Monday, July 7, 2014

‘Hong Kong businessman was not carrying ransom money’

From the Star Online (Jul 8): ‘Hong Kong businessman was not carrying ransom money’

KOTA KINABALU: A Hong Kong businessman who died in a road accident in Sandakan on Saturday was carrying money for his personal use and not likely for the purpose of securing the release of his kidnapped fish farm manager.

Sabah Police Commissioner Datuk Jalaluddin Abdul Rahman said a total of RM3,000 in assorted currencies was found at the scene where Kee Kwok Edien, 63, and three others in a taxi were killed in the accident at Batu 21, Jalan Labuk.

“We believe it was for his personal use,” he said stressing that it was government policy not to entertain ransom demands.

Kee was travelling from Sandakan to Lahad Datu with a Malaysian businessman, Jaafar Kassim, 40, from Langkawi, and Filipino worker Pedro Jr Pajimola, 36, in the taxi that crashed into a four-wheel-drive vehicle.
The three, together with the taxi driver Salah Ibno, 64, died after the collision.

Kee was the owner of Won­derful Terrace Fish Farm in Lahad Datu, from where his manager Yang Zau Lin, a 34-year-old Chinese national, was abducted by Filipino gunmen on May 6.

Speculation that Kee was carrying a large sum of money to secure his manager’s release emerged when Hong Kong media said that he was on his way to Lahad Datu to make deals with mediators to negotiate for Yang’s freedom.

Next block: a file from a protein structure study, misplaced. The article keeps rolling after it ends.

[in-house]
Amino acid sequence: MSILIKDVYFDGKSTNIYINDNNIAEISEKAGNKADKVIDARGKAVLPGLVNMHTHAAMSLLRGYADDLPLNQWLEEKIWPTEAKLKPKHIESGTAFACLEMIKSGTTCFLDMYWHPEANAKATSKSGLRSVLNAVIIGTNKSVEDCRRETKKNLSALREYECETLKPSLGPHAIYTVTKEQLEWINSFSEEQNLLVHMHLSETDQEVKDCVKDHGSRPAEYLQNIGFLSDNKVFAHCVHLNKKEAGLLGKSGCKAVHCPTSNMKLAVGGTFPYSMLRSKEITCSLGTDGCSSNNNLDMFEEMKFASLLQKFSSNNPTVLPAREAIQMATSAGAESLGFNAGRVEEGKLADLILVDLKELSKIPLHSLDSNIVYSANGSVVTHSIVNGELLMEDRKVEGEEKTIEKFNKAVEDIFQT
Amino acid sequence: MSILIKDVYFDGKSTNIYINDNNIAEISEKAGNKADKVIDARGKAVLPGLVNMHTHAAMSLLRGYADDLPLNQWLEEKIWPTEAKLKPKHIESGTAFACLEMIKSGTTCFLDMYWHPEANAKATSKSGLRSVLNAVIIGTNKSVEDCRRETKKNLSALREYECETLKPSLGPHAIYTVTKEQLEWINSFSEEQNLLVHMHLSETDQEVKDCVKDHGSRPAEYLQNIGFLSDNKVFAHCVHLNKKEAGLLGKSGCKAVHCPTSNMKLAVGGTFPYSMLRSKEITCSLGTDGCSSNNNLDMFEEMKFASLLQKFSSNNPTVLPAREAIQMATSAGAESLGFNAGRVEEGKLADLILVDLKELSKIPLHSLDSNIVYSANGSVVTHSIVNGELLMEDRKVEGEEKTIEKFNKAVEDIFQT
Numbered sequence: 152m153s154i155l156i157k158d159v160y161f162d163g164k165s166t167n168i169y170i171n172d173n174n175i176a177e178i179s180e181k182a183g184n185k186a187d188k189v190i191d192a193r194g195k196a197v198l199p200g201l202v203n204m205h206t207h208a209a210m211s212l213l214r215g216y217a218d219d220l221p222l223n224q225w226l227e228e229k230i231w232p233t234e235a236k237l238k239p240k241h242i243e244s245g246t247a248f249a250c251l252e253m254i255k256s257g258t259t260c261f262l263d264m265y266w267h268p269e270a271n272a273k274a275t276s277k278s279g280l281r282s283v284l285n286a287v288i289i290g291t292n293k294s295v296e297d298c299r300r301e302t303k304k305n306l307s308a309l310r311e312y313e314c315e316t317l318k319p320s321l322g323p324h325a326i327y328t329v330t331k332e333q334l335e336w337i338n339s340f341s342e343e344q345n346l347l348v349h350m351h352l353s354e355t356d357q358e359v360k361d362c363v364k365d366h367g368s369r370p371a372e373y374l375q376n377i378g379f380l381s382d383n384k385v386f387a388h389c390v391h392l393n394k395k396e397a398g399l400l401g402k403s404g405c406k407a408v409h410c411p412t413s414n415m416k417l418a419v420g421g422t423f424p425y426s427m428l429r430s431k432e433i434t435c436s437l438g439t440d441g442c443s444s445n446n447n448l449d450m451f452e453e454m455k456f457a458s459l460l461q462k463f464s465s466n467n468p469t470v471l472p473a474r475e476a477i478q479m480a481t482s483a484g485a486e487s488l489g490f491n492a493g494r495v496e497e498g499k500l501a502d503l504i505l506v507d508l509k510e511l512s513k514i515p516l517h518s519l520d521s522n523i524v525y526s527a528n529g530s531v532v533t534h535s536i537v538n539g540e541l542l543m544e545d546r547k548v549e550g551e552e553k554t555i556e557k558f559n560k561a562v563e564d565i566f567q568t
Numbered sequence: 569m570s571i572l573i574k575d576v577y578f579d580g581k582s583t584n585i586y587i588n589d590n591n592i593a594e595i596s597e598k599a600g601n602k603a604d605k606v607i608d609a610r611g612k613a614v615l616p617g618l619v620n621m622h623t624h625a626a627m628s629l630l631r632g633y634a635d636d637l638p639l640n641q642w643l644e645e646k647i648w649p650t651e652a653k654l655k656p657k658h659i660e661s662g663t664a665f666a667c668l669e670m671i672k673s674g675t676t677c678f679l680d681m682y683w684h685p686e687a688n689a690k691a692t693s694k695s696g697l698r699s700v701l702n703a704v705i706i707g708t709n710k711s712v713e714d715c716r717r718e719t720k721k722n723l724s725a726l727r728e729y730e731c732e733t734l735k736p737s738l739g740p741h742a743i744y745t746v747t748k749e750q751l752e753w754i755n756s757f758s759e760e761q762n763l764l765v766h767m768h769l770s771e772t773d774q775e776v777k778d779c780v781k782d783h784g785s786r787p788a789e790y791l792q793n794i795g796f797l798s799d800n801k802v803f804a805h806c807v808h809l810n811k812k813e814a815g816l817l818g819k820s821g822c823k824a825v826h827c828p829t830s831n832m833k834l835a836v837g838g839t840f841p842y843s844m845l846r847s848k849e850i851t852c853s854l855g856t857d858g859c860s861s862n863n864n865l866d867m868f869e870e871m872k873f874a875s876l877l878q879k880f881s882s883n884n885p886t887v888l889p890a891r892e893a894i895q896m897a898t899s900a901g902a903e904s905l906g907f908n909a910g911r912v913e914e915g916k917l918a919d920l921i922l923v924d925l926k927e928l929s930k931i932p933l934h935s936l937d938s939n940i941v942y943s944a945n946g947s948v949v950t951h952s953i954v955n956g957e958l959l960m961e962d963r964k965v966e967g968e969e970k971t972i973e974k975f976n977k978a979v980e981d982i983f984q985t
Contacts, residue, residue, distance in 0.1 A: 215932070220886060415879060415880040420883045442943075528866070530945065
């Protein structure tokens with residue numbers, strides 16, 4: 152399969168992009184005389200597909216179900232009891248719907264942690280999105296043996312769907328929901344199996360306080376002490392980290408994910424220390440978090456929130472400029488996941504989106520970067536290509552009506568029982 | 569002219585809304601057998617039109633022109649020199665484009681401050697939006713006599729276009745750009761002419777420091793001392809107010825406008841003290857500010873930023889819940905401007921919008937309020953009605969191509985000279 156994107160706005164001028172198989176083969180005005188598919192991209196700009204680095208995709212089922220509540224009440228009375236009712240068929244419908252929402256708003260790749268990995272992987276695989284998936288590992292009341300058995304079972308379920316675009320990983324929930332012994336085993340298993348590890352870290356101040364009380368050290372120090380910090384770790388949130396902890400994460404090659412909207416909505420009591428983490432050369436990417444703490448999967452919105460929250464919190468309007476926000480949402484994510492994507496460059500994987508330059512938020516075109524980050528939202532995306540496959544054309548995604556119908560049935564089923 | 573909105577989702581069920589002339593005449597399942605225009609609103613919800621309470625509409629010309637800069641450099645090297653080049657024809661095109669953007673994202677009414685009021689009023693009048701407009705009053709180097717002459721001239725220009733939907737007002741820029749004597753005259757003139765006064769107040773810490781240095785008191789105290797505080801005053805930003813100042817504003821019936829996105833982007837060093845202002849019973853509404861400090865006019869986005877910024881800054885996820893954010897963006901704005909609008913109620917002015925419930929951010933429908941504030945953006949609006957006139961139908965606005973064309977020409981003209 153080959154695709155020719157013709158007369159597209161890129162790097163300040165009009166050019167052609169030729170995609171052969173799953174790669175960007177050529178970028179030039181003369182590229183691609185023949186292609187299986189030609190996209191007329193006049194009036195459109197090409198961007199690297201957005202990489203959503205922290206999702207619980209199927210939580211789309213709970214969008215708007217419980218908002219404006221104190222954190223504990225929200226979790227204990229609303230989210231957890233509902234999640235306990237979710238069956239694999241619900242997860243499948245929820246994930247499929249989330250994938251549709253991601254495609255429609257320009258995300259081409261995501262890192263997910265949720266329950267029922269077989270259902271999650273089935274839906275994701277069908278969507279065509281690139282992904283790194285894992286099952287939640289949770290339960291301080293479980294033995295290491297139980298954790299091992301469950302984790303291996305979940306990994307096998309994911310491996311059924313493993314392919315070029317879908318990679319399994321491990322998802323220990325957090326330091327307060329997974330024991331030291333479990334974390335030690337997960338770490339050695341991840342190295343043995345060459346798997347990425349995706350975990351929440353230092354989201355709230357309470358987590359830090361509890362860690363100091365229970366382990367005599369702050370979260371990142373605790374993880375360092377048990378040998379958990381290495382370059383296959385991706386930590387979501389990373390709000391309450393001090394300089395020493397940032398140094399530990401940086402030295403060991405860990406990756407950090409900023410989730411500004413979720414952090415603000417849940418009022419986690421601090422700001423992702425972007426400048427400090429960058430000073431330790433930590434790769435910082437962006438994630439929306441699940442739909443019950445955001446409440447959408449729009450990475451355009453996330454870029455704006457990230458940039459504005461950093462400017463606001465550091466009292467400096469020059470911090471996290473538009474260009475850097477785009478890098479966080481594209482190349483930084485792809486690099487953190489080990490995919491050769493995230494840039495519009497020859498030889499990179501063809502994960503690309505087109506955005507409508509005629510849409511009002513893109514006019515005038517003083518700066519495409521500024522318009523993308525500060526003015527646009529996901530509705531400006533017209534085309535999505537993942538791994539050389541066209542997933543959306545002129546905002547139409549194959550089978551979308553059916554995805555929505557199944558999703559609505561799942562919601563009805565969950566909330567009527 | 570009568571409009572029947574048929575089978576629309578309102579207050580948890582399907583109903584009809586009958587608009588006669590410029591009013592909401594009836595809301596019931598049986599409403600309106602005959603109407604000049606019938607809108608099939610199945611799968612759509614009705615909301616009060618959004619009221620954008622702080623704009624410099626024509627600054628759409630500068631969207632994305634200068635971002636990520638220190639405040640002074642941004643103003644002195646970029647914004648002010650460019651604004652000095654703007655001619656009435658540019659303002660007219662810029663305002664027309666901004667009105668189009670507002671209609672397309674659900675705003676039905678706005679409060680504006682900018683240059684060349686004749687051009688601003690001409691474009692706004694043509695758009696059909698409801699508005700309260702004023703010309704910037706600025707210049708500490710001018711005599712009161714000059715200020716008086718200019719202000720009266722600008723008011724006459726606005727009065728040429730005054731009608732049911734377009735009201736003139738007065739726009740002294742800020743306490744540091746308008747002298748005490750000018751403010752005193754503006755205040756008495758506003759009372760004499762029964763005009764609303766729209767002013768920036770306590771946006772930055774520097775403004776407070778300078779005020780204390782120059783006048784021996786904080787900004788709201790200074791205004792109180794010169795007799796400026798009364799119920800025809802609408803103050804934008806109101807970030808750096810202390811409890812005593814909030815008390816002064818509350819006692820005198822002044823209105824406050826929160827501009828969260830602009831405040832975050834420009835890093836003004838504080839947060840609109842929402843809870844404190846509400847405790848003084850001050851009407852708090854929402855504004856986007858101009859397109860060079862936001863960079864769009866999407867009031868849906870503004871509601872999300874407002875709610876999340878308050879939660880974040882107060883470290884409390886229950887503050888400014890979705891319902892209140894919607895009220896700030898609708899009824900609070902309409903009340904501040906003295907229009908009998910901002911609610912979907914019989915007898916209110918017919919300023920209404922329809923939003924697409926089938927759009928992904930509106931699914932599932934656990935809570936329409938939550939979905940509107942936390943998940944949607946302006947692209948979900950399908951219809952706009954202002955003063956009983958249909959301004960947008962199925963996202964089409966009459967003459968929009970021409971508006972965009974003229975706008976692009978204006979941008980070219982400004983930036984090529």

Jalaluddin said as far as Malaysian police were concerned, Yang was still being held by kidnappers for ransom in the Sulu area.

Kee’s wife and other family members as well as Jaafar’s family claimed their bodies at the Duchess of Kent Hospital mortuary.

Kee’s family, who were accompanied by a Kuching-based China consulate officer, requested privacy while Jaafar’s family said that he (Jaafar) was on a business trip to Sabah to meet Kee.

It is believed that it was about the possible sale of the fish farm to Jaafar.

Hong Kong Legislative Council member Steven Ho Chun-yin was quoted by the media as saying that Kee’s wife had told him that she was proud of him (her husband) as he was trying to get his worker released.

Hong Kong newspaper Apple Daily, which identified him as Edwin Yong Kee Kwok, said that he was on his way to work out a deal for the freedom of his farm manager who is believed to be held in the notorious Abu Sayyaf hideout of Jolo.

No comments:

Post a Comment

Note: Only a member of this blog may post a comment.